Students in Texas Schools are still sent to juvenile court and adult criminal court for school-based behaviors. This form of punishment is extreme—a failure to follow school rules can lead to fines, an extended court process, and a criminal record that can follow a student for the rest of their life.


Youth can be charged with Class C misdemeanors, like “disorderly conduct,” in school.  These charges are heard in municipal and Justice Courts, which are adult criminal courts.  Students who are sent to these courts are not guaranteed legal representation, face fines of up to $500, and can end up with criminal records. These outcomes have far-reaching negative consequences, including on job and college prospects, housing, interpersonal relationships, and military enlistment.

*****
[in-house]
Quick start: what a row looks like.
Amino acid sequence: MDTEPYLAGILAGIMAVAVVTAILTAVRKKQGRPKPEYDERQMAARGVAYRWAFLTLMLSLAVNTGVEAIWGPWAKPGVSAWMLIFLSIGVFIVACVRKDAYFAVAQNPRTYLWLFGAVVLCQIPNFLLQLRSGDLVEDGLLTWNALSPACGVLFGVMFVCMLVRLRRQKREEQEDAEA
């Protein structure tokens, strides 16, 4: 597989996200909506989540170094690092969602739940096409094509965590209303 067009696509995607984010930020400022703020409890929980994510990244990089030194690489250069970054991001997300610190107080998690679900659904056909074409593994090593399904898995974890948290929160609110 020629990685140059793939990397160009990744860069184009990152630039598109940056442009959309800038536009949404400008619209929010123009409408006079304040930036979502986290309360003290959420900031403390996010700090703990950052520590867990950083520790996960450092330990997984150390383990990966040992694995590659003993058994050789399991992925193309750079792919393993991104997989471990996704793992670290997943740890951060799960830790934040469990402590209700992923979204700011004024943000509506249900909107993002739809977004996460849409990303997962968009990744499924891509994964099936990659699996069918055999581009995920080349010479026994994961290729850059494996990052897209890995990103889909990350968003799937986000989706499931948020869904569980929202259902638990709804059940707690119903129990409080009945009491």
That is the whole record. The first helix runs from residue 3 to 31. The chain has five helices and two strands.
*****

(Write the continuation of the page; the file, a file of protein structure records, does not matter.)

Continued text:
Students can also be charged with other misdemeanors and felonies and sent to juvenile court. Students who are 17 years old and older are treated as adults for these charges and face jail time. The immediate and long-term impact of court involvement cannot be overstated.  Children who are sent to court are more likely to be held back in school, drop out, and face future justice system involvement.



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